Return to Headlines

Students with Disabilities Go for Gold at Evanston Academy's Olympic-Themed Field Day

The Olympic flame may be lighting up Paris this year, but for Cincinnati Public Schools (CPS) students, the spirit of the games ignited early at Evanston Academy!

The district celebrated the return of its Olympic-themed Field Day, a special event designed for students with disabilities, which brought together students from College Hill Fundamental Academy, Covedale School, Mt. Washington School, Silverton Elementary School and Evanston Academy.  

Studnets BasketballJames Crook, a PE teacher at Evanston Academy, was instrumental in organizing this event. "We have special events for all our autism units," Crook explained. "This is something we started two years ago to focus on our kids with disabilities, giving them their own field day where they can have fun without having to share their time with so many other students."

The event, first conceptualized by Crook and Kevin Williams, now principal at Silverton, began two years ago. "We debated on whether to run it like the real Olympics or more like a field day. We decided on a field day format," Crook said. "The first year was a success with awards and pizza at the end, making it a great experience for our children with disabilities."

Despite a hiatus last year due to scheduling conflicts, the event made a triumphant return. The feedback from the inaugural event was overwhelmingly positive with both students and staff expressing their enjoyment and appreciation.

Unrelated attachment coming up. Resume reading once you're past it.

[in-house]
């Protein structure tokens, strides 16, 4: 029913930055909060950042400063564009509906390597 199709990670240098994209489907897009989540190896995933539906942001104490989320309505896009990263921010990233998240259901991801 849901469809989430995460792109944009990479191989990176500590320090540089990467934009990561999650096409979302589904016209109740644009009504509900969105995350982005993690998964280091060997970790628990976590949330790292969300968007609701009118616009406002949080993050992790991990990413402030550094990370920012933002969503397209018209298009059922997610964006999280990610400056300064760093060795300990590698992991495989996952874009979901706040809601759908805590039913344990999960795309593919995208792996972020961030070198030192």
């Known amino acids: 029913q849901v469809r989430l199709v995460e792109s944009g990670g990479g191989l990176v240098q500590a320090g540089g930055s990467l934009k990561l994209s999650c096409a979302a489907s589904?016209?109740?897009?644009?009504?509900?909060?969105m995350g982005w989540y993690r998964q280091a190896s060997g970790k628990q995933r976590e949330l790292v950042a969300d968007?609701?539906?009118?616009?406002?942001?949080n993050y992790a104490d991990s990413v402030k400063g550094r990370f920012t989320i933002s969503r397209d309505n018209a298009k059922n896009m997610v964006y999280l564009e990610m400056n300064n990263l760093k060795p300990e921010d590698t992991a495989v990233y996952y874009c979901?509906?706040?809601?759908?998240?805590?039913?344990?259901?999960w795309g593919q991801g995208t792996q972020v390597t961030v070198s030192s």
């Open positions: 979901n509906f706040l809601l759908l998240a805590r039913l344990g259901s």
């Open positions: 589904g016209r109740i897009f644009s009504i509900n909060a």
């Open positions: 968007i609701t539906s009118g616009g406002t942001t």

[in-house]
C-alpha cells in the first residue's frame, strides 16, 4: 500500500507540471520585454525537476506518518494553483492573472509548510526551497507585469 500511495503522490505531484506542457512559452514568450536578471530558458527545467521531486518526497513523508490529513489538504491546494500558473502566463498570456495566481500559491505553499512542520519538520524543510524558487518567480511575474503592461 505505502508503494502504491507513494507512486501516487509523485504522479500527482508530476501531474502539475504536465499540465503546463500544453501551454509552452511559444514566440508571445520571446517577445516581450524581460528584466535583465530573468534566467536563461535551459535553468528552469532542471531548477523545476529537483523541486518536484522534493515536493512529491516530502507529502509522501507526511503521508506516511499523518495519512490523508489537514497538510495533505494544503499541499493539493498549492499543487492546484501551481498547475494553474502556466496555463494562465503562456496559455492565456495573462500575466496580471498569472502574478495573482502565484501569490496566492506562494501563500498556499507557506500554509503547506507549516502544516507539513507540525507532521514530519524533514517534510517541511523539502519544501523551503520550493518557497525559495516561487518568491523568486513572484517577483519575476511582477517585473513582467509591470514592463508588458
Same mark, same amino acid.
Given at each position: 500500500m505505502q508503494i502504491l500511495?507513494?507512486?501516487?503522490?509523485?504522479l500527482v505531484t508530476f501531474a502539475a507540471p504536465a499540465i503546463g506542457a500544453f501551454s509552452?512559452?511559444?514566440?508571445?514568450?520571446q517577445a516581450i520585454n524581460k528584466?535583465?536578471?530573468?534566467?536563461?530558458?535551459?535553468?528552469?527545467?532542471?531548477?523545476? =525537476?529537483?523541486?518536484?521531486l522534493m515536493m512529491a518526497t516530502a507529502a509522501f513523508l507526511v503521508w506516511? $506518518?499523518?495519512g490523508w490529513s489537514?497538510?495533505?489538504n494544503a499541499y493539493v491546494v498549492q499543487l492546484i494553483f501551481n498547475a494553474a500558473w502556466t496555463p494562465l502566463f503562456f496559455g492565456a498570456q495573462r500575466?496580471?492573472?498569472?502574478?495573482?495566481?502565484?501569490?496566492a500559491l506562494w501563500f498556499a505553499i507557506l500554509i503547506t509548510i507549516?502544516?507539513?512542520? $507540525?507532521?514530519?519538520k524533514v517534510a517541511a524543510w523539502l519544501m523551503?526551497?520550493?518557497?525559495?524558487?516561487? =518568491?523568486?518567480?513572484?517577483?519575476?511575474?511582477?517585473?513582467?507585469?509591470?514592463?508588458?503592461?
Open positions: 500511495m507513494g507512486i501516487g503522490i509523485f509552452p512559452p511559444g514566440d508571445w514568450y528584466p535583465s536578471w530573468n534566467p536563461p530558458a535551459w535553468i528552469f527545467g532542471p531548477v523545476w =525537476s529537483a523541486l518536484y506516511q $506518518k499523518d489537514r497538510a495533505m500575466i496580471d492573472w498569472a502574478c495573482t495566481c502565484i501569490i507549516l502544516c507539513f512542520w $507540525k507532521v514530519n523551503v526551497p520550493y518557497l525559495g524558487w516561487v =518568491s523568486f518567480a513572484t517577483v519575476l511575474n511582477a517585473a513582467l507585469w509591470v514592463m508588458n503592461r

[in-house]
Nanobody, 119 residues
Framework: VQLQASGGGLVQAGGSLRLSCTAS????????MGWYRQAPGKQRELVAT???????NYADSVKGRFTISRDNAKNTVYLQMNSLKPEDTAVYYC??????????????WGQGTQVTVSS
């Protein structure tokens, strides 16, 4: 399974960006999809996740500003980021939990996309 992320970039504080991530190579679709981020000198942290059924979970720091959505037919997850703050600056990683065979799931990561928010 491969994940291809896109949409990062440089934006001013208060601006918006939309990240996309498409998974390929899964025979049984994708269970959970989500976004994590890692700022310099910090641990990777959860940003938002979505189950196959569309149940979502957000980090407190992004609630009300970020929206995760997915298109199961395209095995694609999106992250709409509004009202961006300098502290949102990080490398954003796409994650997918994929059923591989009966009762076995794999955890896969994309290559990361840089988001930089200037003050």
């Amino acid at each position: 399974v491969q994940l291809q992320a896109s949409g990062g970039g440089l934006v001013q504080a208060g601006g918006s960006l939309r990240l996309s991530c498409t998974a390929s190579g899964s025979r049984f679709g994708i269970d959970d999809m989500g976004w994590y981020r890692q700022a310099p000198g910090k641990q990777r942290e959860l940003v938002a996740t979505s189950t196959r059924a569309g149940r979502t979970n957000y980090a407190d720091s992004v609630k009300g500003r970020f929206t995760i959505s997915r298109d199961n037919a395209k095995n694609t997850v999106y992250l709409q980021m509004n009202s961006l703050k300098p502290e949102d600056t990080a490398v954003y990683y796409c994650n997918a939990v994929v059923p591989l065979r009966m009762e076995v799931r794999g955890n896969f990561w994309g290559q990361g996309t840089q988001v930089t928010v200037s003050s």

"Seeing the students having fun, especially those with disabilities, is a joy for me," Crook said. "Even the adults are having a blast, and that’s the most important thing – that everyone enjoys themselves and leaves with a smile."

The field day featured a diverse array of activities designed to cater to every student, including beach ball soccer, relay races, obstacle courses and balloon tennis. There was also an outside art station for students to draw on the ground, creating beautiful artwork for everyone to admire. Additionally, a music section allowed students to drum and make their own music, adding a rhythmic touch to the festivities. 

Crook hopes the district will continue to support and grow this initiative. "As much as the district can support it and keep it growing, I think it could become even bigger. It’s a joy, and I hope we can continue it.